State Schools Superintendent Nancy S. Grasmick yesterday ordered Baltimore to shake up three underachieving city schools, but city officials said they would fight the reform order.
Rankled city school officials accused the state of singling out only Baltimore schools -- Arnett Brown Middle, Calverton Middle and Furman Templeton Elementary -- when there are low-achieving schools in other parts of the state.
City school Superintendent Walter G. Amprey called the state process "cosmetic and wholly political."
The conflict escalates city-state tensions over imposed school reform. Last year, the state also named only Baltimore schools for improvement. The forced reorganizations of Patterson and Douglass High Schools have since earned some positive marks from city and state educators.
Because the city did not contest the issue last year, it is unclear how the clash will play out.
The city school board asked for a hearing before its state counterpart, and said it would not yet begin developing improvement proposals -- plans due March 15. The board could seek legislation to block the state process or pursue court action.
The school-reform regulations have no provision for a school system to appeal in this manner, said Valerie V. Cloutier, principal counsel to the state department of education.
She said the state board may grant the hearing, seek an injunction to force compliance, or ask the state comptroller to withhold funds -- some $400 million a year in state school aid to the city.
If city schools miss the first deadline for submitting school plans, she said, the state board could invoke its right to take over the schools and have them run by a third party, such as a university or community group or private firm.
In response to the city's protests, Dr. Grasmick said, "The schools fall where they fall, and I am not willing to compromise the integrity of this process by jumping over needy schools to get to other school systems."
For example, at Arnett Brown Middle School, no students achieved a satisfactory score on the reading portions of the Maryland School Performance Assessment Program (MSPAP) test. By comparison, 24 percent of students statewide and in 5.4 percent in Baltimore scored satisfactory or better on the reading test.
At Templeton, no third graders received satisfactory scores in 1994 on five of the six tests. Only 1.7 percent met the standard on the science test, compared to 12.5 percent citywide and 34.8 percent statewide.
Designed to hold Maryland public schools to high academic standards, the fix-it-or-lose-it reform program is part of an improvement program put in place by the state in the past five years. The state imposes reforms whenever a public school's achievement -- based on state tests and attendance -- is low and declining.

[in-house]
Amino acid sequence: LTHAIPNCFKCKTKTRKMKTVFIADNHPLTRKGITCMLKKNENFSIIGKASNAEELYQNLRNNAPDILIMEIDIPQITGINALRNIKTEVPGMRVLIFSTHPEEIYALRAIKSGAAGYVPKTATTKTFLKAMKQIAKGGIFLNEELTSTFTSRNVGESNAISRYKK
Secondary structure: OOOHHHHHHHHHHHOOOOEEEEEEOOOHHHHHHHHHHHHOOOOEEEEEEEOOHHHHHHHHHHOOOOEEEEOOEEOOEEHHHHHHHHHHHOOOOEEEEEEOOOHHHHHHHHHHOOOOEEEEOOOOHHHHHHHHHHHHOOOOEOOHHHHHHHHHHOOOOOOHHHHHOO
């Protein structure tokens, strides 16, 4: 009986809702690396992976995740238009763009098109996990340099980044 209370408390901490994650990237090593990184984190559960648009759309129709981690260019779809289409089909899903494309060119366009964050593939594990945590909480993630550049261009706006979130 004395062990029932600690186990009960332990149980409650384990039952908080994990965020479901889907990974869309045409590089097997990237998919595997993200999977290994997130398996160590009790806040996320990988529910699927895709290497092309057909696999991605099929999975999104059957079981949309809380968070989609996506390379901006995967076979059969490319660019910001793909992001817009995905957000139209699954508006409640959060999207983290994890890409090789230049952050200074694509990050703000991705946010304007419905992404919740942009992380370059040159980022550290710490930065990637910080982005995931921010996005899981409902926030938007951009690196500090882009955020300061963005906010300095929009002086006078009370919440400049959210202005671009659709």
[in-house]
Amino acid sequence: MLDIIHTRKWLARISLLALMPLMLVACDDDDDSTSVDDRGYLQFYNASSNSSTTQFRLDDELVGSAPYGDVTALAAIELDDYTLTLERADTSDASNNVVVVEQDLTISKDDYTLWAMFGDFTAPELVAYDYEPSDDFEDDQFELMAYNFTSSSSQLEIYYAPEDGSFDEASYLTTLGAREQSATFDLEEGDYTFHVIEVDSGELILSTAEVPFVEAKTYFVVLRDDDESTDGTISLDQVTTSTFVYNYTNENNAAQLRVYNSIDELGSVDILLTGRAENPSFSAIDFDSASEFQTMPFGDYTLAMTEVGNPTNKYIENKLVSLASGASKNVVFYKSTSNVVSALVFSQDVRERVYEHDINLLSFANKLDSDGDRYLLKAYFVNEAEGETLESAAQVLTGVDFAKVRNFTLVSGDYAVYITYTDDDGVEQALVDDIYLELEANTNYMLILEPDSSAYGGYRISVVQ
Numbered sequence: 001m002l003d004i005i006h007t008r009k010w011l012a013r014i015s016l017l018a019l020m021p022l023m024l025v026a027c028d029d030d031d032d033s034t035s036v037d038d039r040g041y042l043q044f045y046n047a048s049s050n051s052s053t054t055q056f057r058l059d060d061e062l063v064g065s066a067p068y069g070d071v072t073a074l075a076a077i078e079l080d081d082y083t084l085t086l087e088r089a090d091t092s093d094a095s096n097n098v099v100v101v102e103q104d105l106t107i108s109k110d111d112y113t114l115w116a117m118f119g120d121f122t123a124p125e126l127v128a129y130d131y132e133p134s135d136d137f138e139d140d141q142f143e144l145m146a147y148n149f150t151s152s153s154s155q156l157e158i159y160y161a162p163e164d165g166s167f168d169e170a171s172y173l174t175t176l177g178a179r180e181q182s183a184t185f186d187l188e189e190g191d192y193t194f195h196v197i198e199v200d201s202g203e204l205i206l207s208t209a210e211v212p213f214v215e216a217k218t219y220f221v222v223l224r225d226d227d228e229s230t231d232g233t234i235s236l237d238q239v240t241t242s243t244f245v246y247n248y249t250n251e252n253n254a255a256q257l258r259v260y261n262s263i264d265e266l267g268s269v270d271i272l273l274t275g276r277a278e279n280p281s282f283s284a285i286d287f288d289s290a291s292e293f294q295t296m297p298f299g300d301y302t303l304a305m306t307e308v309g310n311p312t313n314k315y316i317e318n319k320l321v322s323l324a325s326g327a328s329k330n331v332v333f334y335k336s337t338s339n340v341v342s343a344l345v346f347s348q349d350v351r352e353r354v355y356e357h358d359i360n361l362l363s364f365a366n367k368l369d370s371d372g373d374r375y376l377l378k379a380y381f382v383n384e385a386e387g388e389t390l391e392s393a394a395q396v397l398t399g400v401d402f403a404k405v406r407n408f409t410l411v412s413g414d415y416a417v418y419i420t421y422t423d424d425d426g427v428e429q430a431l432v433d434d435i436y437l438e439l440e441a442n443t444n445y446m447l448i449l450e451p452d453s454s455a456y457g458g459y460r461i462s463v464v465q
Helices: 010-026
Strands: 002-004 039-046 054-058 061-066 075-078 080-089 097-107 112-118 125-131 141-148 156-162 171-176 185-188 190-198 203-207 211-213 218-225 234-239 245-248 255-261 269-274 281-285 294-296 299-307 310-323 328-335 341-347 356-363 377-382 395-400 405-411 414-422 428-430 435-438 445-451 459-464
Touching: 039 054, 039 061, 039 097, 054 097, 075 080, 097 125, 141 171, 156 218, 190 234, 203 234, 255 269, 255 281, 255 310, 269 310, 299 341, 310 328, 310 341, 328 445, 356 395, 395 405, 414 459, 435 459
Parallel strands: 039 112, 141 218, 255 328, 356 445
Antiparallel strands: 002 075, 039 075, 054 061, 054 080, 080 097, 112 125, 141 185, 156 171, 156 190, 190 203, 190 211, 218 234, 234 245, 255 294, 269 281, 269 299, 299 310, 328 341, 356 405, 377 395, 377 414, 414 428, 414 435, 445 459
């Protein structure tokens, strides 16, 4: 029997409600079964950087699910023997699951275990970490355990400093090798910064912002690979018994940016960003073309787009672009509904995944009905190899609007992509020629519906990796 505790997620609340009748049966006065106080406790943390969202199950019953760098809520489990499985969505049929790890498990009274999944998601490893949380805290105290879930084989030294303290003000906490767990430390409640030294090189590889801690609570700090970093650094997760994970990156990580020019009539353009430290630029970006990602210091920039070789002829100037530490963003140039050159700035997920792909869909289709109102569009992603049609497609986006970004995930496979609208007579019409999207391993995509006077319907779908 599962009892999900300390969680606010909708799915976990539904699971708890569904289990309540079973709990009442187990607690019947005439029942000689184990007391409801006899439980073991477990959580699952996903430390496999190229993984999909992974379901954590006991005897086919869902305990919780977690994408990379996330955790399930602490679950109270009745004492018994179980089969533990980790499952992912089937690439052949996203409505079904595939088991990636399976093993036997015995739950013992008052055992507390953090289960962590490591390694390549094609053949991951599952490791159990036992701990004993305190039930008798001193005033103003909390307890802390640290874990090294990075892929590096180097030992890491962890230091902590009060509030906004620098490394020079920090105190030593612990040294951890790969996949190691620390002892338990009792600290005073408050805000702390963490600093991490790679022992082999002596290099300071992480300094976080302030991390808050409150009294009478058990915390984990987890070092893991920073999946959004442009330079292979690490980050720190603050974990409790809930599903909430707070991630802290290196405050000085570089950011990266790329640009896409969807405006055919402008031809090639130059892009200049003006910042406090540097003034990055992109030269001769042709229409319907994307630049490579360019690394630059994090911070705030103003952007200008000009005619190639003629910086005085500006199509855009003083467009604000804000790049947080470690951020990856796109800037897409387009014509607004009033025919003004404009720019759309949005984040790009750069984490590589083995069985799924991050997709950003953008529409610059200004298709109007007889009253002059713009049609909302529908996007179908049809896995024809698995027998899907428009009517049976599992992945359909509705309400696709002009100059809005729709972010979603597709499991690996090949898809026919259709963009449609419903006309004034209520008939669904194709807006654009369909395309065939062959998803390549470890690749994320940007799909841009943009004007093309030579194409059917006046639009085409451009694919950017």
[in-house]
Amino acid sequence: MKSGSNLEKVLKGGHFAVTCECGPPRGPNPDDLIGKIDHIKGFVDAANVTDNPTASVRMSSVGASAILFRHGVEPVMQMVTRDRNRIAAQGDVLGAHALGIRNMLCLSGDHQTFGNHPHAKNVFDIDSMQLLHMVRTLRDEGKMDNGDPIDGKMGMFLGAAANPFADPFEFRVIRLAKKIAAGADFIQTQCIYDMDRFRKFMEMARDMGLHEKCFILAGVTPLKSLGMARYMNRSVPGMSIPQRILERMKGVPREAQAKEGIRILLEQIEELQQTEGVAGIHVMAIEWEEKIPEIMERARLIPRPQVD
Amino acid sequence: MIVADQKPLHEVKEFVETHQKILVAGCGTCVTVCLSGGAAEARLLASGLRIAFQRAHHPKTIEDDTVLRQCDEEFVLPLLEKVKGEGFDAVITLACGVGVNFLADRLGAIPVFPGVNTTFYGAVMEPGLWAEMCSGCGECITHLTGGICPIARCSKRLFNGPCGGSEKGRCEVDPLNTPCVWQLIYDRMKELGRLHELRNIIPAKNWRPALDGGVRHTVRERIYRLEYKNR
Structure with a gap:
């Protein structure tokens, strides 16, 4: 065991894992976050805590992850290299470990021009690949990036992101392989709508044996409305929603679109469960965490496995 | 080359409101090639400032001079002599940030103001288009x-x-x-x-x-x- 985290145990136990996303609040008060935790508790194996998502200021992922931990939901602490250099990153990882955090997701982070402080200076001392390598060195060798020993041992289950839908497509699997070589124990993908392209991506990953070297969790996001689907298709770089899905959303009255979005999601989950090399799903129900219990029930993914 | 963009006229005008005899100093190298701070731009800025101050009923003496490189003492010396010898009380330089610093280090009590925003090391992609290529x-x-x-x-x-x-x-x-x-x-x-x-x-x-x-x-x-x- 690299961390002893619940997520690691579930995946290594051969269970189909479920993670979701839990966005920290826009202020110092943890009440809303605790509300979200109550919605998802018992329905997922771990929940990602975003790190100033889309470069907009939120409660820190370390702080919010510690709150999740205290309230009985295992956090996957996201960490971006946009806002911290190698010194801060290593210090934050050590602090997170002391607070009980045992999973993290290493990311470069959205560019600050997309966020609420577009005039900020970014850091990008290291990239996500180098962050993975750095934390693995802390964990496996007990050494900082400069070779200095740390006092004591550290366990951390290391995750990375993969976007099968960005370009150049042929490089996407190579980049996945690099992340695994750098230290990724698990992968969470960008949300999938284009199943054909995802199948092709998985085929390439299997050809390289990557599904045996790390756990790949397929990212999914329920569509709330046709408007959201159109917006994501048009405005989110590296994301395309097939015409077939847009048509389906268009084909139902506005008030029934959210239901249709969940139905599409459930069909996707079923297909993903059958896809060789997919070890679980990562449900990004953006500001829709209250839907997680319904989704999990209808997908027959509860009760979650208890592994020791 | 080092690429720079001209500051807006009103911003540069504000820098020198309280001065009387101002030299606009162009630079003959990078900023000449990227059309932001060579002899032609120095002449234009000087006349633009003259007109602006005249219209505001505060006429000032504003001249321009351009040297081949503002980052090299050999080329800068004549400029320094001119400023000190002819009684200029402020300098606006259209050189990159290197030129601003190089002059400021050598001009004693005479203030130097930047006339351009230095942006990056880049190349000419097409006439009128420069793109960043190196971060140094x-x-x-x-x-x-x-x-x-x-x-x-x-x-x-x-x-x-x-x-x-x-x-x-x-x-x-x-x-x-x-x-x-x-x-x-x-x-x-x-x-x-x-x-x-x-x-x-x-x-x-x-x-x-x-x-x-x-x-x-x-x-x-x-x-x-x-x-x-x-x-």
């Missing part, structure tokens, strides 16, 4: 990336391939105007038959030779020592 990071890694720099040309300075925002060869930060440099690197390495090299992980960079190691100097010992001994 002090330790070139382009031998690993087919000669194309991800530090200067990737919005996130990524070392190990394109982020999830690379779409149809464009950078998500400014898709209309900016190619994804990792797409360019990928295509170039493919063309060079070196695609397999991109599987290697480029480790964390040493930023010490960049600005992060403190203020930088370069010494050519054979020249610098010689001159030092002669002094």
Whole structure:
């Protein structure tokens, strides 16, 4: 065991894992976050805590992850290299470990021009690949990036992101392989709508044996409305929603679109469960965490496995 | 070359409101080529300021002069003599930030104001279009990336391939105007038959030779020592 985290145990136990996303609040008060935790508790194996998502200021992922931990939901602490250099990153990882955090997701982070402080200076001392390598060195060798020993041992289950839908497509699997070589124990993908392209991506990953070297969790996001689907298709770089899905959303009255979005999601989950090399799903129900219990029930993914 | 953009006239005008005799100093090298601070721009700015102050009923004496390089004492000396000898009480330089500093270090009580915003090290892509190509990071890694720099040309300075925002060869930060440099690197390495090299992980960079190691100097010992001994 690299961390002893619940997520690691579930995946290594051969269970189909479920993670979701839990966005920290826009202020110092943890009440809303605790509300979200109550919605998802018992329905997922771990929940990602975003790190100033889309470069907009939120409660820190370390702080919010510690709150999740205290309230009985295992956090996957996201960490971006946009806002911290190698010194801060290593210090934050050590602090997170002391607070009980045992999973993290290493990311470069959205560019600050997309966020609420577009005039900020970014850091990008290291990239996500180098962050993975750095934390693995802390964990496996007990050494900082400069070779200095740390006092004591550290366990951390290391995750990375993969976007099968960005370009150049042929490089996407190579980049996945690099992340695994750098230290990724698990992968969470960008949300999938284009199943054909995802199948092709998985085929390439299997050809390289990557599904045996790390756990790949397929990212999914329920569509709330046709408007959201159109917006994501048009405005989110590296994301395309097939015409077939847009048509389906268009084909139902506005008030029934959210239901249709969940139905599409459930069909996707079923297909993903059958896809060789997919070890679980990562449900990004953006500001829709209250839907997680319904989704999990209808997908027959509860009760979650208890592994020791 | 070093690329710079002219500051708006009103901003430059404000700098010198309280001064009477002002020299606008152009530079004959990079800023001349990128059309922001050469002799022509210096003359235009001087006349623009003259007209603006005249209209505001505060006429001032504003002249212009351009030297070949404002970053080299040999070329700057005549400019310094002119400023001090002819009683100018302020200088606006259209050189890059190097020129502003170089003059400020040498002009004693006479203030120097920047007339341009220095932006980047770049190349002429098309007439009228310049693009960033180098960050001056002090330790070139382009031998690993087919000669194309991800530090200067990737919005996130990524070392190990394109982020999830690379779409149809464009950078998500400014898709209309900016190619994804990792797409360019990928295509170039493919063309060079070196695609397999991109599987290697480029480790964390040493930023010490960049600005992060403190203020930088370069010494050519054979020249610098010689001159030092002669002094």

According to the state's formula for comparing school achievement, Arnett Brown was third from the bottom and Calverton fifth from the bottom in academic performance among the state's 198 middle schools. Both had shown declines from 1993 to 1994.
The other middle schools in the bottom five -- Baltimore's Lombard, Harlem Park and Booker T. Washington -- had low performance scores but had shown some improvement in 1994.
Furman Templeton was the lowest performer among the state's 791 elementary schools -- and had declined.
The state's ranking process is flawed, said L'Tanya Sloan, the Baltimore school system's chief of accountability, because it relies on statistics and not visits; because it does not take into account such factors as poverty; and because test scores representing only one or two grade levels are used to judge a school.
"We're not looking for a fight," said Phillip H. Farfel, president of the Baltimore school board. He added that school officials are addressing the low achievement, school violence, poverty and other needs of the system.
pTC "We're looking for help. We're looking for a partner. We feel the Baltimore City Public Schools are on the right path." He said three years of improving system-wide attendance and achievement scores should be evidence that the city can handle its own school reform without unfunded and uninvited state intervention.
Dr. Grasmick said, "Adding more money to programs that are not yielding progress on the part of the students is not the best way to go either."
Christopher T. Cross, president of the state school board, said reform should be seen as a catalyst for improvement, not a brand of failure. The state's regulations define "reconstitution" as changing a school's administration, staff, organization or instructional program, but don't mandate the method.
"I'm sure there are good things going on in city schools," he said. He added, however, "It's disingenuous to believe that changes going on are uniform and widespread because the scores for the three schools don't reflect it."